In AD pathology, copper enhances Aβ toxicity and copper:Aβ complexes are a source of ROS production and oxidative damage in neurons Dikalov et al. The redox active iron, although vital for cellular function, is also a pro-oxidant and promotes generation of highly reactive hydroxyl radicals from hydrogen peroxide.

Elevated levels of brain iron in the AD brain as well as iron association with Aβ plaques and neurofibrillary tangles have been detected in various studies Smith et al.

Recently, elevated iron has been shown to predict AD progression and elevated iron was linked to the APOE-4 AD risk allele suggesting it may have a pathological role in AD Ayton et al. Another common feature of AD that contributes to AD pathology is vascular dysfunction.

Cerebrovascular disease, characterized by disrupted blood flow to the brain, significantly increases AD risk and occurs before Aβ accumulation and cognitive decline Arvanitakis et al. In animal models, hypoperfusion also leads to symptoms similar to AD and exacerbates existing AD pathology Walsh et al.

Vascular dysfunction contributes to the pathology of AD due to lower capillary density, meaning narrowed blood vessels and decreased CBF Hamel et al. Diminished blood flow reduces metabolite and oxygen supply to the brain and potentially contributes to build-up of Aβ through impaired clearance of neurotoxic molecules Shibata et al.

Aβ itself is also thought to amplify deficits in CBF and glucose utilization in AD through impairing vasodilation and cerebrovascular autoregulatory mechanisms Niwa et al. Cerebrovascular dysfunction can lead to disrupted oxygen metabolism through hypoperfusion-hypoxia and hypoxia in-turn can enhance AD pathology by promoting tau phosphorylation as well as transcriptionally upregulating the HIF-1 target, β-site β-amyloid precursor protein cleavage enzyme 1 BACE1 that cleaves amyloid precursor protein APP to produce Aβ Figure 3 ; Sun et al.

Figure 3. Disrupted metabolic pathways in neurodegenerative diseases. Aβ accumulates in neuronal mitochondria MC early in disease progression and disrupts oxidative metabolism.

Acetyl-CoA production and tricaboxcylic acid TCA cycle entry is decreased in AD through reduced activity of the pyruvate dehydrogenase complex PDHC. In all three diseases, activity of α-ketoglutarate dehydrogenase complex KGDHC is reduced, reactive oxygen species ROS is increased and transglutaminase TG activity is increased.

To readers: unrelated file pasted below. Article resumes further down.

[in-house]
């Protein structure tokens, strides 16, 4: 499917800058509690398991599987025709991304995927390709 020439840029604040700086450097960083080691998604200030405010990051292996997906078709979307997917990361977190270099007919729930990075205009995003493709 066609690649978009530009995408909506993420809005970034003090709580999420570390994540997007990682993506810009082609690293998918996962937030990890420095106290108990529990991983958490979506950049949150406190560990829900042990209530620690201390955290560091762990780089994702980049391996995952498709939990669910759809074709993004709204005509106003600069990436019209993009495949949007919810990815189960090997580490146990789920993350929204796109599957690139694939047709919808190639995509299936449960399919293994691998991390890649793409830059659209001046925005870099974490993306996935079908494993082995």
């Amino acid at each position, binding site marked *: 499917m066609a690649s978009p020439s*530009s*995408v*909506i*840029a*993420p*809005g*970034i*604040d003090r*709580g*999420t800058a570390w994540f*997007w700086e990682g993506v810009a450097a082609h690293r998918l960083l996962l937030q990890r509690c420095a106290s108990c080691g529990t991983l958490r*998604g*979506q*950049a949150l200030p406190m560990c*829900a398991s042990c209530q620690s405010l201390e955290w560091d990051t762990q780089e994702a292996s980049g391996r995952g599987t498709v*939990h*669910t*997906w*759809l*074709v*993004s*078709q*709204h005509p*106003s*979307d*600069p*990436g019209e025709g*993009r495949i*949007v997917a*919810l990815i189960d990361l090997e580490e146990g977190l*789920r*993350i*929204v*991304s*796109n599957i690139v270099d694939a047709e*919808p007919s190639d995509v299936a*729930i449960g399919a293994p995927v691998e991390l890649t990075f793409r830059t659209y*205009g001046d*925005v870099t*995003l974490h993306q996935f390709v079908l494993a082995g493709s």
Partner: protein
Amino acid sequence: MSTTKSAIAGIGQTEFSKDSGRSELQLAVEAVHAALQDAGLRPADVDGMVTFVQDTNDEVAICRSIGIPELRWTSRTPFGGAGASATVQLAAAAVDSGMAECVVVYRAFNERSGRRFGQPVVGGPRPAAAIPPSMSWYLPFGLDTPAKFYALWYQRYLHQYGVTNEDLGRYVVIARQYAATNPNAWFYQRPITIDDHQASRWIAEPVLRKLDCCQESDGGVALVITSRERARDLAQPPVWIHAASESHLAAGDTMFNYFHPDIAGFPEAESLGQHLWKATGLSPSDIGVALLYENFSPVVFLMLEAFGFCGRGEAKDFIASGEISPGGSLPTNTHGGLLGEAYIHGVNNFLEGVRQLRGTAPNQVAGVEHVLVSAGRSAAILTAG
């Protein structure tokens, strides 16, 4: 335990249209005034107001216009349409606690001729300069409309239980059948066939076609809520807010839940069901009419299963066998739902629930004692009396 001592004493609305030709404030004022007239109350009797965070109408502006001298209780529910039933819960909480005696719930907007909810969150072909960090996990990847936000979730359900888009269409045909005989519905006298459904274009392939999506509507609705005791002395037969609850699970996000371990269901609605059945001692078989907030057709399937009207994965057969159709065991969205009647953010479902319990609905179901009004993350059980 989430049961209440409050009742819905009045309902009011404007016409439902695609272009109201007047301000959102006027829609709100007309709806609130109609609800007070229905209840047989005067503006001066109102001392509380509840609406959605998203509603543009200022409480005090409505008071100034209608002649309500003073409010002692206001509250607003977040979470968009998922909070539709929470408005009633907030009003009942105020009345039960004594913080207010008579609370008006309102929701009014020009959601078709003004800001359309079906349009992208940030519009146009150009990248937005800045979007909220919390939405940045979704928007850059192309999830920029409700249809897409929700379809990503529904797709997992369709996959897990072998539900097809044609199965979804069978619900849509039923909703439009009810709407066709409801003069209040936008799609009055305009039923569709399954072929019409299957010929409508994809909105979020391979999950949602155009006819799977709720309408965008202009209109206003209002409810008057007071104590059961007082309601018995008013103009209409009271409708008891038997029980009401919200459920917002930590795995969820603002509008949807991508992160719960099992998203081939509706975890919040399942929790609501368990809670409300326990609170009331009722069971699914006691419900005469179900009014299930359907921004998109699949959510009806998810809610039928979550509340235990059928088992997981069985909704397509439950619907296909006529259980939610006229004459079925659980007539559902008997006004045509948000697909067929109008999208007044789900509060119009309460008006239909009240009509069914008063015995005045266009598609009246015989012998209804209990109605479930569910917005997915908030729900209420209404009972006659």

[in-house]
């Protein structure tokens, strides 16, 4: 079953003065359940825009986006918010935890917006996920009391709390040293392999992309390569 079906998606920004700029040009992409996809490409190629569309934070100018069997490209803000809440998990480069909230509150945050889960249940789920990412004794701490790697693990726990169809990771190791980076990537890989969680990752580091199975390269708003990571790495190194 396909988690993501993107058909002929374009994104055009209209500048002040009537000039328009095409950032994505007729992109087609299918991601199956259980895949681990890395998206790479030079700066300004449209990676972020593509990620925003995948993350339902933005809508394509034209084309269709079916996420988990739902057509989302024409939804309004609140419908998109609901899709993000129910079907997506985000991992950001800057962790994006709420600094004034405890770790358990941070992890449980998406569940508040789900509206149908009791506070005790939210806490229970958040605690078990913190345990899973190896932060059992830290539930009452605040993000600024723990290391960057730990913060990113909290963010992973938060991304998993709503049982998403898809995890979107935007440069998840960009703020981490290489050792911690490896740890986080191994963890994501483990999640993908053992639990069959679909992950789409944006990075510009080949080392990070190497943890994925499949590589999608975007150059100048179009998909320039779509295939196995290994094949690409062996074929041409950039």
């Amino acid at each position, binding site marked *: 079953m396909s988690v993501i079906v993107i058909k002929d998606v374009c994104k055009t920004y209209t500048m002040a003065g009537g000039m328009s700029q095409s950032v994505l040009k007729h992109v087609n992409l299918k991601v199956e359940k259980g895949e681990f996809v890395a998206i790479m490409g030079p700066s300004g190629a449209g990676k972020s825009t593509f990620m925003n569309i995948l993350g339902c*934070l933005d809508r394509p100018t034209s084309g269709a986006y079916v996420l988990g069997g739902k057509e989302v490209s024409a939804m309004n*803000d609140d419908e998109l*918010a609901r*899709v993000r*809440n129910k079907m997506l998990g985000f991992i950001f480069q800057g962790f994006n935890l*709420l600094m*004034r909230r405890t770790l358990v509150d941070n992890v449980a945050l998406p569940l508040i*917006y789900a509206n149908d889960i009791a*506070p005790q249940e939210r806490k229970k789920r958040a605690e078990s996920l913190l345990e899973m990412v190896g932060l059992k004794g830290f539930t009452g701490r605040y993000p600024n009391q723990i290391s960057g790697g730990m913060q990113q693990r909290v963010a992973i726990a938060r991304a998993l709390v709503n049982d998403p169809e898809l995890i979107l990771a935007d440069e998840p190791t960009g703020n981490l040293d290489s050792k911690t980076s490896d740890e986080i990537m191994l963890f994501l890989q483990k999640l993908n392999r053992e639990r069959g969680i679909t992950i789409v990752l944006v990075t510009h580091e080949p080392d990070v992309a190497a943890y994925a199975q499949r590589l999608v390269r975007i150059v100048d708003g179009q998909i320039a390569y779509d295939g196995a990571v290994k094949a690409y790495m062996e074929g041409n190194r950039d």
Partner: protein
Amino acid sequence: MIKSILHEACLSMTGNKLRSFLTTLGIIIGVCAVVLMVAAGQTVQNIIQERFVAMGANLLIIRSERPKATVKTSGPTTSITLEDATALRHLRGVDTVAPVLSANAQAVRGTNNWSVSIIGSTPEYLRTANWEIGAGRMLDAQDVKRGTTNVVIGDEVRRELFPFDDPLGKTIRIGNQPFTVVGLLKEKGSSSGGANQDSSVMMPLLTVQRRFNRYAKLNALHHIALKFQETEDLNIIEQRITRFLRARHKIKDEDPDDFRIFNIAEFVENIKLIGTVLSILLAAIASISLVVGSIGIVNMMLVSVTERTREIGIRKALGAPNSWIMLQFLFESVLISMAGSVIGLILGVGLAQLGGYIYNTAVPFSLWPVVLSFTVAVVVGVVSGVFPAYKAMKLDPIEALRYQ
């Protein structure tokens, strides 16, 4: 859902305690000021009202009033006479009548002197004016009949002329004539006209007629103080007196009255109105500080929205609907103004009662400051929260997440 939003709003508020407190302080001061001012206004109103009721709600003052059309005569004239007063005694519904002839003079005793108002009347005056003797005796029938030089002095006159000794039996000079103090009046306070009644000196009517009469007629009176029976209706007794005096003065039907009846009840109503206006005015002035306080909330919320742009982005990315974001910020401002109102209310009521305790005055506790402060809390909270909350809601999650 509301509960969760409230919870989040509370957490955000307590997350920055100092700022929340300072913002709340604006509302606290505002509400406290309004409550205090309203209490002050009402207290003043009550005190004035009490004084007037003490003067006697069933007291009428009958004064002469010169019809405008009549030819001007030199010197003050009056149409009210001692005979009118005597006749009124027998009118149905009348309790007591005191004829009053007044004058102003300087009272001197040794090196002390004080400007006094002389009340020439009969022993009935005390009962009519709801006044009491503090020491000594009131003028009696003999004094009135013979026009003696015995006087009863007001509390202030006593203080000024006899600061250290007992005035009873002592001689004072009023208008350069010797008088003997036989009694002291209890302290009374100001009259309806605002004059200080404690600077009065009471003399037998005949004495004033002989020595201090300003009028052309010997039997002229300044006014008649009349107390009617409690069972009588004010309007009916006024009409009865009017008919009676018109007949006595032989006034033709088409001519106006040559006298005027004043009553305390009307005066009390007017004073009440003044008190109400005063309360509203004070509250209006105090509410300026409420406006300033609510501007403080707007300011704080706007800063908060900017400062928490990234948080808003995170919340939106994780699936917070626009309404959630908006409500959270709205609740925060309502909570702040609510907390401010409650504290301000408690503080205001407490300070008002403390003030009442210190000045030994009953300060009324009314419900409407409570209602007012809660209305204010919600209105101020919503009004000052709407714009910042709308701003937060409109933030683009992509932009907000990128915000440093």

TG increases α-synuclein aggregation and reduces oxidative respiration. Aside from rare cases of genetic mutations in familial AD, the major risk factor for developing AD is aging. PD is thought to be caused by both genetic and environmental factors and primarily impacts patient motor function.

PD involves the formation of protein aggregates consisting mainly of α-synuclein and affects the dopaminergic neurons of the midbrain substantia nigra. HD is an inherited neurodegenerative disorder caused by expanded CAG repeats in the Huntingtin HTT gene causing progressive neuronal degeneration and cell death throughout the brain, affecting mood, cognition and motor skills.

Inclusions are also found in the HD brain from aggregation of mutant HTT mHTT protein. Like AD, both PD and HD are associated with increased oxidative stress as well as decreased activity of the KGDHC enzyme Tabrizi et al.

Also, common to all three disorders is increased activity of transglutaminase TG; Johnson et al. TG catalyzes polyamination post-translational modifications of proteins, is known to be increased by ROS and also attenuates HIF-1 signaling Campisi et al.

TG can decrease oxidative metabolism through modification of glycolytic enzymes and is known to cause oxidative stress in HD and aggregation of α-synuclein in PD Cooper et al.

Altered metal ion homeostasis may have a role in PD pathology as well with disrupted levels of both zinc and copper observed in PD patients Brewer et al.

Similar to Aβ, copper also contributes to α-synuclein aggregation and can contribute to oxidative stress through the formation of reactive copper: α-synuclein complexes Wang et al. α-synuclein is also know to exacerbate mitochondrial dysfunction in the presence of toxic oxidizing agents, with loss of α-synuclein in animal models conferring resistance to mitochondrial toxins Klivenyi et al.

Additionally, levels of α-synuclein are increased when oxidative metabolism is inhibited and animal models expressing mutant forms of α-synuclein exhibit neuronal mitochondrial degeneration and cell death Lee et al. In HD, increased oxidative damage to mitochondrial DNA is observed as well as higher frequencies of deletions in the mitochondrial genome and deficits in ETC function with decreased expression of complex II in the striatum and decreased activity of complex IV in striatal and cortical regions Horton et al.

Vascular deficits and disrupted blood flow is a major pathology of HD as well with altered blood vessel density and size found in cortical gray matter, putamen and striatal brain regions.

In HD patients, inclusions of mHTT are also detected in the basal membrane and epithelium of cortical blood vessels and in mouse models of the disease pericytic coverage of cortical and striatal blood vessels is decreased Drouin-Ouellet et al. A number of the metabolic pathologies observed in neurodegenerative disorders are associated with normal aging and may explain the age-related manifestation of neurodegenerative disease phenotypes.